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After you perform a search, you can sort the articles by Year. This will rearrange the results of your search chronologically, displaying the earliest published articles first. This feature is useful to trace the development of a specific psychoanalytic concept through time.

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Spezzano, C. (1996). Response to Tabin's (1995) Review of Affect in Psychoanalysis. Psychoanal. Psychol., 13(2):259-265.

(1996). Psychoanalytic Psychology, 13(2):259-265

Response to Tabin's (1995) Review of Affect in Psychoanalysis

Charles Spezzano, Ph.D.

Tabin (1995) reported that she heard me present a paper in 1991. “As I listened,” she recalled, “it seemed to me that he was leading to a new way of appreciating the shape of an analysis, by tracking what happens in terms of the patient's affects” (p. 456). By contrast, her reading of my book, Affect in Psychoanalysis (Spezzano, 1993), appears to have left her with the impression that I wrote the entire volume only to make the point that affects matter. As a result, she tries politely to open her review with something more than a yawn, while reminding the reader that in 1937 Brierly made the same point.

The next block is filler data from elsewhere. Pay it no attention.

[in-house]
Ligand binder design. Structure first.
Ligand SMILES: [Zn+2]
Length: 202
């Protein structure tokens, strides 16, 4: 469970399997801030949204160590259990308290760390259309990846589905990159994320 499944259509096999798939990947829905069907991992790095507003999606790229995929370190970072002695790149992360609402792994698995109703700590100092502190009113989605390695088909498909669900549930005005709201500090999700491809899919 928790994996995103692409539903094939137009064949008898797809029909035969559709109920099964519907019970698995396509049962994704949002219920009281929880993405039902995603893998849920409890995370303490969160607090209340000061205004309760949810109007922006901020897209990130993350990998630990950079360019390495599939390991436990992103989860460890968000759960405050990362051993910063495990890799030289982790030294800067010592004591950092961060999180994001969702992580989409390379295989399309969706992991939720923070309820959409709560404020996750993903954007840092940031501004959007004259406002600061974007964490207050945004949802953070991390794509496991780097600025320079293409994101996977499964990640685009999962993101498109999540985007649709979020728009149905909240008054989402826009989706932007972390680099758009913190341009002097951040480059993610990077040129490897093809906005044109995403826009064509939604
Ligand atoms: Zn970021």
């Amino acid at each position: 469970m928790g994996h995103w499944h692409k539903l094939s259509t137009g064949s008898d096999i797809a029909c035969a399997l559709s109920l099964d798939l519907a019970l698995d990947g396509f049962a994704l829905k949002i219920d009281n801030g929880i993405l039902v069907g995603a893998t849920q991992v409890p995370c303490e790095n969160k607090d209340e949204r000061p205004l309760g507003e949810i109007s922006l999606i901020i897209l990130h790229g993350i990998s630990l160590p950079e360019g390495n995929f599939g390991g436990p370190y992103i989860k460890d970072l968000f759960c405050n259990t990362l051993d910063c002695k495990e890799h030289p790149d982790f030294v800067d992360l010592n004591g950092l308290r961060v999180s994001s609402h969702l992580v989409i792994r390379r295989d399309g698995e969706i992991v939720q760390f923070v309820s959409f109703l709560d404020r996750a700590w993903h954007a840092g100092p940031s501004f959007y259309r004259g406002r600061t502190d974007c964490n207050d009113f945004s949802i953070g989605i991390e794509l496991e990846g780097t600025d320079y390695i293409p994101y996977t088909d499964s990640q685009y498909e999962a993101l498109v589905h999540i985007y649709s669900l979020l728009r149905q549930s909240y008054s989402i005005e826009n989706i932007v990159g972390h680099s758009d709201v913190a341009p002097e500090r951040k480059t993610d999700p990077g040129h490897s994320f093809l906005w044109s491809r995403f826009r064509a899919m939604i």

In fact, the argument I put forward in the book is that not only were affects implicitly or explicitly treated as derivatives of something else in each psychoanalytic theory (e.g., drives, fantasies, representations, conflicts), but that there is a possibility of pulling elements from seemingly incompatible theories together if one assumes affects to be the foundational elements of psychological life rather than derivative. Tabin read through this and also underestimated the extent to which psychoanalytic authors were, into the early 1990s when I was working on this book, still lamenting the marginalizing of affect in psychoanalytic theorizing and the lack of a coherent theory of affects. I quoted many of these authors in establishing a rationale for my having written the book.

Despite Tomkins's (1962–1963) brilliant and revolutionary work on affect in the early 1960s, his ideas have not been interwoven with theories of transference, conflict, and defense to produce a new psychoanalytic theory of affect.

[This is a summary or excerpt from the full text of the book or article. The full text of the document is available to subscribers.]

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